By Jill Weinlein, 11/29/2012
Halle Berry and I have something in common, we both enjoy dining at Fig & Olive Melrose Place. Almost every item on the menu is topped, sautéed or dressed with various olive oils. No butter is used at this restaurant.
After a trip to the South of France last summer, Chef Pascal Lorange returned to Los Angeles inspired by the produce he sampled in Mougins and Cannes. With the produce he purchases locally from Kenter Canyon Farms in Sun Valley, Lorange marries these fresh items with an assortment of signature olive oils and spices that duplicates the aroma and character of dishes from the South of France, Italy and Spain.
Chef Lorange’s Fall harvest menu offers some exciting dishes that I longed to try. I joined two friends for lunch to experience some of his new appetizers, entrées and desserts.
The restaurant is attractively decorated with a flourishing olive tree dominating the center. Planters of fresh rosemary bushes are sprinkled throughout the room.
We started with a pretty pink flute of Bellenda Rose sparkling wine with notes of strawberry and raspberry.
First, we received slices of Housemade rosemary bread with three small dishes of olive oil for dipping. The mildest olive oil was buttery with fruity notes and a hint of artichoke. The medium flavored oil from Greece was greener tasting. The most assertive tasting oil was from Portugal and offered a slight bitter finish. The restaurant sells nine different oils and infused olive oils too. There are orange, basil, lemon and white truffle oIive oils available to sample and purchase.
The assistant general manager Chris Gonzalez shared a witty description of the bread with oils. “The rosemary bread dipped into one of the olive oils is a culinary equivalent of a hot bath.”
An appetizer of six crostinis that included shrimp, avocado, cilantro and tomato that looked enticing was deliverd to a table near us . We opted to order the 3-course lunch menu offering selections of wonderful soups, salads and appetizers for the first course.
I selected the rich carrot and thyme soup made with heirloom carrots. The celery gave a zing to the carrot flavor. It was topped with crunchy olive oil croutons.
My entrée was a deconstructed Moroccan-style free-range chicken Tajine. It arrived with pieces of dark meat chicken bathing in a light broth with a few figs, cipollini onions, olives, sundried apricots, carrots and zucchini. It’s served with tiny dishes of sliced toasted almonds, cucumber couscous with cilantro and a mild harissa sauce and olive oil. One can add a little or all of the accoutréments to enhance the dish.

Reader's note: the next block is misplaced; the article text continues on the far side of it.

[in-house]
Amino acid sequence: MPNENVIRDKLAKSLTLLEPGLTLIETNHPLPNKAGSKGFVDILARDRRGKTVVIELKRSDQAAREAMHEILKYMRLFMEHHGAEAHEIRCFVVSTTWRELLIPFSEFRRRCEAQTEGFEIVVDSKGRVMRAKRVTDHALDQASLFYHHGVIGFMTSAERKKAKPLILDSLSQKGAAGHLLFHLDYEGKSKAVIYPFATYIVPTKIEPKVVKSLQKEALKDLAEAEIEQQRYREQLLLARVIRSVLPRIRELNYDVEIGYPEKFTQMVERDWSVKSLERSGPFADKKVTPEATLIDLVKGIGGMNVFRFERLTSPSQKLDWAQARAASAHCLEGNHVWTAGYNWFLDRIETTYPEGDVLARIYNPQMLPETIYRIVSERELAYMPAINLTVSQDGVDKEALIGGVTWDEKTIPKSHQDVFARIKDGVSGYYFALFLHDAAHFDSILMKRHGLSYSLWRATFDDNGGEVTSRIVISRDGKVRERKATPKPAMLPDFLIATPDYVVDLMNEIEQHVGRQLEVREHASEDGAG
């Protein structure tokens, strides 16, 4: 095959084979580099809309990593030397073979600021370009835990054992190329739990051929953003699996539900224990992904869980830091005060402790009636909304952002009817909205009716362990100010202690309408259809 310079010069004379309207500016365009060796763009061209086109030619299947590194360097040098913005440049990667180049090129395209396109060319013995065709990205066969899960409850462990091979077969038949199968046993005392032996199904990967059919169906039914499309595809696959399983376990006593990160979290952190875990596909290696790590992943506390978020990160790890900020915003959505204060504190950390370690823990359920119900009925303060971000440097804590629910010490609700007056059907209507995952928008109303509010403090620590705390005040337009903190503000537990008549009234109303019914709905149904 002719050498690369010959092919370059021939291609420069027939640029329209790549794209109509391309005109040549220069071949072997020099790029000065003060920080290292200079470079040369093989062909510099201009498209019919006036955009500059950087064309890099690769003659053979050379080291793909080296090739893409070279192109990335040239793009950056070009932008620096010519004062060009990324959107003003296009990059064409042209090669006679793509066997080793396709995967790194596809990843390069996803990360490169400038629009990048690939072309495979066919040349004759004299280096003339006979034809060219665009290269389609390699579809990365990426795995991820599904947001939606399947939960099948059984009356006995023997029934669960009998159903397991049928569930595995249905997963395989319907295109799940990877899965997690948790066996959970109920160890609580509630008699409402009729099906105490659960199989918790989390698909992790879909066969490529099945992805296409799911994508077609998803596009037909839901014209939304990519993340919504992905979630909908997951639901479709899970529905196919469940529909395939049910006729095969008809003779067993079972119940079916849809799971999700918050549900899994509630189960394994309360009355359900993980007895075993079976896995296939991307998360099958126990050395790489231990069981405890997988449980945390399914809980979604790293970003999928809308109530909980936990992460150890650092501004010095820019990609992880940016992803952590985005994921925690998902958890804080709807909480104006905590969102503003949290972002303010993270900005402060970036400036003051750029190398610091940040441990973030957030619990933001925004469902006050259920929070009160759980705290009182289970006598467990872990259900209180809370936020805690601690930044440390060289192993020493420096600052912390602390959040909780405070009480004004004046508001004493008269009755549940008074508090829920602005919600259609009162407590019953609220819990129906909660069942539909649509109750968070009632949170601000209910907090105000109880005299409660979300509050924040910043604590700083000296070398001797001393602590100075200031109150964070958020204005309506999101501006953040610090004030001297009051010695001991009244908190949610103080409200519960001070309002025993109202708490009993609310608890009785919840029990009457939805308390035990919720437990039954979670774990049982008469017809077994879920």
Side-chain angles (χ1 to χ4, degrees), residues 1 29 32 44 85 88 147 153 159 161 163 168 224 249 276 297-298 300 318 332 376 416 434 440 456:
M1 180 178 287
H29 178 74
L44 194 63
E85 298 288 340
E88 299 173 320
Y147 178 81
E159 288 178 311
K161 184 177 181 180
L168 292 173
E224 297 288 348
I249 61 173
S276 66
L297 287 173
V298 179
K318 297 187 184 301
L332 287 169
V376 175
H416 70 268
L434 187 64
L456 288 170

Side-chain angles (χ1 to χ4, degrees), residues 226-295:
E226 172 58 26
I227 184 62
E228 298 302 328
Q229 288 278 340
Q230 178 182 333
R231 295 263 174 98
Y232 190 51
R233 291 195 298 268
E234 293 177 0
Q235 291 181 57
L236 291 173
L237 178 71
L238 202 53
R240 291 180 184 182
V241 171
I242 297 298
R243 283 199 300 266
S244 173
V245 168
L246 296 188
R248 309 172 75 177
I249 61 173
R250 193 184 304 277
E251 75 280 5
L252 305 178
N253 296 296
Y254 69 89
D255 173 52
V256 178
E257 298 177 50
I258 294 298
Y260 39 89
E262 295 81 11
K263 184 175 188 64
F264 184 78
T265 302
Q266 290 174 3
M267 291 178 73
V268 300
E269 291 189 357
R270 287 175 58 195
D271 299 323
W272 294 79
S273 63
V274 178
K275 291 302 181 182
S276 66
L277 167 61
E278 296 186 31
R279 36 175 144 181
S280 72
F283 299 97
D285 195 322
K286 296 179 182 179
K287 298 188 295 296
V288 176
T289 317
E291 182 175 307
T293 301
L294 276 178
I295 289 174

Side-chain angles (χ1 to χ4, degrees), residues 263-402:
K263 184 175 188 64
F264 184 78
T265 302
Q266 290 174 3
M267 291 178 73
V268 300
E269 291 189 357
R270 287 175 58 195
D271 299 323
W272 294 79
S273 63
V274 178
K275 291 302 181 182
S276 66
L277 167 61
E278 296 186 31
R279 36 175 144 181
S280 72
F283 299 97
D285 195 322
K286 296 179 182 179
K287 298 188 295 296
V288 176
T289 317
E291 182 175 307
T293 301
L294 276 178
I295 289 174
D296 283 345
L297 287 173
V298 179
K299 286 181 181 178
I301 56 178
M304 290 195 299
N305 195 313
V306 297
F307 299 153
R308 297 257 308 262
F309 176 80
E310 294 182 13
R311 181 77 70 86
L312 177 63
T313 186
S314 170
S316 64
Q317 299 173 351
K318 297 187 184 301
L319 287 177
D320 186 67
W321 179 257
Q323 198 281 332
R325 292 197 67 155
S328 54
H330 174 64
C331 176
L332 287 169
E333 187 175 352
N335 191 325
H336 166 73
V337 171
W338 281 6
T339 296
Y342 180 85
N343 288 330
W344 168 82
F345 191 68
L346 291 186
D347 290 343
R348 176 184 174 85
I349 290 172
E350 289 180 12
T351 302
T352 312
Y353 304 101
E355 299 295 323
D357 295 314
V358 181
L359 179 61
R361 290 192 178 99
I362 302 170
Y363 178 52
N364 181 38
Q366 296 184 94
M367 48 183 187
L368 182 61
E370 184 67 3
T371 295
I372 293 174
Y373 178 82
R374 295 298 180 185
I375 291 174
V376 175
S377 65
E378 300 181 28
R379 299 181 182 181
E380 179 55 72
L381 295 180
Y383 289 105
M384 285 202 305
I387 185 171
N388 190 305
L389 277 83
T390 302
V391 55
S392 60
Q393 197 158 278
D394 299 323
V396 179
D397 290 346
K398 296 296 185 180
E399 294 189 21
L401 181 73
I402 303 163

One of my friends ordered the three-course lunch with a tuna crudo as her starter. Thin slices of ruby-red tuna with chopped cucumber, chive and cilantro were dressed in a lemon sesame and Coratina olive oil.
Her entrée was a fig and balsamic vinegar glazed Mediterranean branzino that arrived in three pieces. A small side of olive oil mashed potatoes sat next to the grilled fish. Sliced figs resting in tiny pools of Greek Koroneiki olive oil gave the dish a sweet touch.
Our other friend tried the thick Northern Italian mushroom soup with a thyme white truffle olive oil. Her Paella del Mar entrée tasted as beautiful as it looked. Its bright colors and variety of fresh produce included sea scallops, Black tiger shrimp, fresh calamari and mussels mixed with saffron rice. Pieces of chicken, green peas, red bell pepper and artichoke are topped with a drizzle or two of a Spanish olive oil offering floral and apple notes.
The three-course lunch is served Monday through Friday for $28.
Chef Pascal Lorange offers a similar four-course dinner Sunday through Thursday for $45. Next time I will come for dinner to enjoy his pumpkin sage ravioli with a Charmoula pumpkin olive oil emulsion and toasted pumpkin seeds. Another appealing dish is his short ribs with roasted apple dolce gorgonzola and a fig with red onion chutney. Dishes on the new menu range from $8 to $57.
Dessert is worth every calorie, especially the marzipan cake with a scoop of refreshing olive oil gelato and decorated with a sweet candied orange olive oil. Andrew’s Tasting & Sharing plate offers four smaller versions of the signature crostini, chocolate pot de crème, crunch praline (tasted like a homemade Kit-Kat bar), and mango sorbet with a dollop of coconut mousse. We paired our desserts with one of the talented barrista’s cappuccinos.
Another opportunity to try some delectable plates is during Fig & Olive’s prix-fixe brunch at noon on Saturday and 11:30 a.m. on Sunday. The bread and Viennoiseries basket is an ideal starter for the supplemental $9. It’s filled with multigrain bread, French baguette, a croissant and chocolate croissant with orange or strawberry jam. Brunch bellinis, sangria, mimosas, bloody Mary or vodka soda are $8 with the prix-fixe brunch. $8. Brunch is $28 per person.
As we walked to our car, we saw the pastry chef through the window assembling apple tarts. She was preparing the caramelized crisp puffed pastries on the dessert menu for the evening. They looked divine. That will have to wait until my next visit. $$$ 8490 Melrose Pl. (310)360-9100.